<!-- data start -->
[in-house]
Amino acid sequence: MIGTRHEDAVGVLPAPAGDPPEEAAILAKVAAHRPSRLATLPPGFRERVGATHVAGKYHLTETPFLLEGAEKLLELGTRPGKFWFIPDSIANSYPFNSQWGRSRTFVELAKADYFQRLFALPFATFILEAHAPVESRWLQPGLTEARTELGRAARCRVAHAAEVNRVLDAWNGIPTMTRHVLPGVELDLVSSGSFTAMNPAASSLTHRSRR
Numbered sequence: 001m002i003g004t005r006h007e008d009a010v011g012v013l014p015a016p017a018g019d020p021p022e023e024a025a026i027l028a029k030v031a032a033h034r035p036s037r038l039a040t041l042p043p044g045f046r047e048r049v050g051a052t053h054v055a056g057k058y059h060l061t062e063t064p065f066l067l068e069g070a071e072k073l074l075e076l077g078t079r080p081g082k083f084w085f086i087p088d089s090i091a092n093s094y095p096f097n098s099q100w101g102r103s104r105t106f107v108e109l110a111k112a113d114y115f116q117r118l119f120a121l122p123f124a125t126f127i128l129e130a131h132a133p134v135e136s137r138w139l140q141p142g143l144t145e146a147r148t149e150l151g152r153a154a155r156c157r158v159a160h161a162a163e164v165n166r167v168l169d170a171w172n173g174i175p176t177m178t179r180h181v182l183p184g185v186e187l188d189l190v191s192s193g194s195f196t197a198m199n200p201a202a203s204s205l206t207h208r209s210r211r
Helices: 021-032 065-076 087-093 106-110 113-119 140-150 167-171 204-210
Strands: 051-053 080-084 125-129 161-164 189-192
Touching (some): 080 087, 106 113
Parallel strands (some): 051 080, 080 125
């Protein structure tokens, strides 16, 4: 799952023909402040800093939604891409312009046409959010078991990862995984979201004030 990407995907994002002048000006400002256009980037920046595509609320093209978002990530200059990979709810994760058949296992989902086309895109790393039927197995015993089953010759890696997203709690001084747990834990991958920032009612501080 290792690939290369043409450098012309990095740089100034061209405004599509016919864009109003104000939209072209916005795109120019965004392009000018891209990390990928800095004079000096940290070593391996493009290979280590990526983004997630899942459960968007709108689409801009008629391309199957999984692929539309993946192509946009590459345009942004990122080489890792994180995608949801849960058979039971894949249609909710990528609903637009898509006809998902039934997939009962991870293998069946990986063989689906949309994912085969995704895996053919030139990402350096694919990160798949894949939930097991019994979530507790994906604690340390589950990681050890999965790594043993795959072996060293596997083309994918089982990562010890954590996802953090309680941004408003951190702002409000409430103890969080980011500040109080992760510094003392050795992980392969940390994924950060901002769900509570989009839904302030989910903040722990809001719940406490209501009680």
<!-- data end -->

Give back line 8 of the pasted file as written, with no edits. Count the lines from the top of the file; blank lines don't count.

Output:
């Protein structure tokens, strides 16, 4: 799952023909402040800093939604891409312009046409959010078991990862995984979201004030 990407995907994002002048000006400002256009980037920046595509609320093209978002990530200059990979709810994760058949296992989902086309895109790393039927197995015993089953010759890696997203709690001084747990834990991958920032009612501080 290792690939290369043409450098012309990095740089100034061209405004599509016919864009109003104000939209072209916005795109120019965004392009000018891209990390990928800095004079000096940290070593391996493009290979280590990526983004997630899942459960968007709108689409801009008629391309199957999984692929539309993946192509946009590459345009942004990122080489890792994180995608949801849960058979039971894949249609909710990528609903637009898509006809998902039934997939009962991870293998069946990986063989689906949309994912085969995704895996053919030139990402350096694919990160798949894949939930097991019994979530507790994906604690340390589950990681050890999965790594043993795959072996060293596997083309994918089982990562010890954590996802953090309680941004408003951190702002409000409430103890969080980011500040109080992760510094003392050795992980392969940390994924950060901002769900509570989009839904302030989910903040722990809001719940406490209501009680």